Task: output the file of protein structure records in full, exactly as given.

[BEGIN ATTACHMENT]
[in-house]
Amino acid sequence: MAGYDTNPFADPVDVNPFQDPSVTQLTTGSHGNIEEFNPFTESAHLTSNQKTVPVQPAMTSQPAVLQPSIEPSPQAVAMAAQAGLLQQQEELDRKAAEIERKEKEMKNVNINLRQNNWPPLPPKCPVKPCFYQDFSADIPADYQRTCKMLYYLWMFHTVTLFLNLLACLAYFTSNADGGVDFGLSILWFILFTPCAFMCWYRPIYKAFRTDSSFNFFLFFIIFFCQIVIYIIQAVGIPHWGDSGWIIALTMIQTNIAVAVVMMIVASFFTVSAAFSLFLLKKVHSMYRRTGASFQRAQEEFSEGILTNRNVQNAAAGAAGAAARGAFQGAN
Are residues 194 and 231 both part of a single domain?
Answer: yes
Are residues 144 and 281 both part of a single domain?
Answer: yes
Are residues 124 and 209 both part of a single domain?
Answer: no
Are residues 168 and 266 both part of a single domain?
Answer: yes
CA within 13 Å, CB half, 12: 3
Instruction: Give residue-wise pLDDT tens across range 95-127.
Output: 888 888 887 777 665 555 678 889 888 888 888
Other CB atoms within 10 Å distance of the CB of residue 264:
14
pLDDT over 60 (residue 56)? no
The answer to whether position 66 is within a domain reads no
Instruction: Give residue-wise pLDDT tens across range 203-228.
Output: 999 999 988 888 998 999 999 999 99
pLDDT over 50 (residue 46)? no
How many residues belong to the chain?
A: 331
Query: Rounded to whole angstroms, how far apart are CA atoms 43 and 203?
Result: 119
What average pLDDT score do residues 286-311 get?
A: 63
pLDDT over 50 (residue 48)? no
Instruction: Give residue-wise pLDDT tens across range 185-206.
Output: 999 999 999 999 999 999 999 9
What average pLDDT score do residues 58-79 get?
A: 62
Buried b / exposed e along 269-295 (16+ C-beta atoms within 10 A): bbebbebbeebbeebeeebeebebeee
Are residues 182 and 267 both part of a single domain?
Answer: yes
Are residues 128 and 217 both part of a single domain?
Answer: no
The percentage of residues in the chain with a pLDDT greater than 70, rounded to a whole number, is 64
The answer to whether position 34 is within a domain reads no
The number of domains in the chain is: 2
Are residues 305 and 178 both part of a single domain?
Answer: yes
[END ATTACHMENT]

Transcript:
[in-house]
Amino acid sequence: MAGYDTNPFADPVDVNPFQDPSVTQLTTGSHGNIEEFNPFTESAHLTSNQKTVPVQPAMTSQPAVLQPSIEPSPQAVAMAAQAGLLQQQEELDRKAAEIERKEKEMKNVNINLRQNNWPPLPPKCPVKPCFYQDFSADIPADYQRTCKMLYYLWMFHTVTLFLNLLACLAYFTSNADGGVDFGLSILWFILFTPCAFMCWYRPIYKAFRTDSSFNFFLFFIIFFCQIVIYIIQAVGIPHWGDSGWIIALTMIQTNIAVAVVMMIVASFFTVSAAFSLFLLKKVHSMYRRTGASFQRAQEEFSEGILTNRNVQNAAAGAAGAAARGAFQGAN
Are residues 194 and 231 both part of a single domain?
Answer: yes
Are residues 144 and 281 both part of a single domain?
Answer: yes
Are residues 124 and 209 both part of a single domain?
Answer: no
Are residues 168 and 266 both part of a single domain?
Answer: yes
CA within 13 Å, CB half, 12: 3
Instruction: Give residue-wise pLDDT tens across range 95-127.
Output: 888 888 887 777 665 555 678 889 888 888 888
Other CB atoms within 10 Å distance of the CB of residue 264:
14
pLDDT over 60 (residue 56)? no
The answer to whether position 66 is within a domain reads no
Instruction: Give residue-wise pLDDT tens across range 203-228.
Output: 999 999 988 888 998 999 999 999 99
pLDDT over 50 (residue 46)? no
How many residues belong to the chain?
A: 331
Query: Rounded to whole angstroms, how far apart are CA atoms 43 and 203?
Result: 119
What average pLDDT score do residues 286-311 get?
A: 63
pLDDT over 50 (residue 48)? no
Instruction: Give residue-wise pLDDT tens across range 185-206.
Output: 999 999 999 999 999 999 999 9
What average pLDDT score do residues 58-79 get?
A: 62
Buried b / exposed e along 269-295 (16+ C-beta atoms within 10 A): bbebbebbeebbeebeeebeebebeee
Are residues 182 and 267 both part of a single domain?
Answer: yes
Are residues 128 and 217 both part of a single domain?
Answer: no
The percentage of residues in the chain with a pLDDT greater than 70, rounded to a whole number, is 64
The answer to whether position 34 is within a domain reads no
The number of domains in the chain is: 2
Are residues 305 and 178 both part of a single domain?
Answer: yes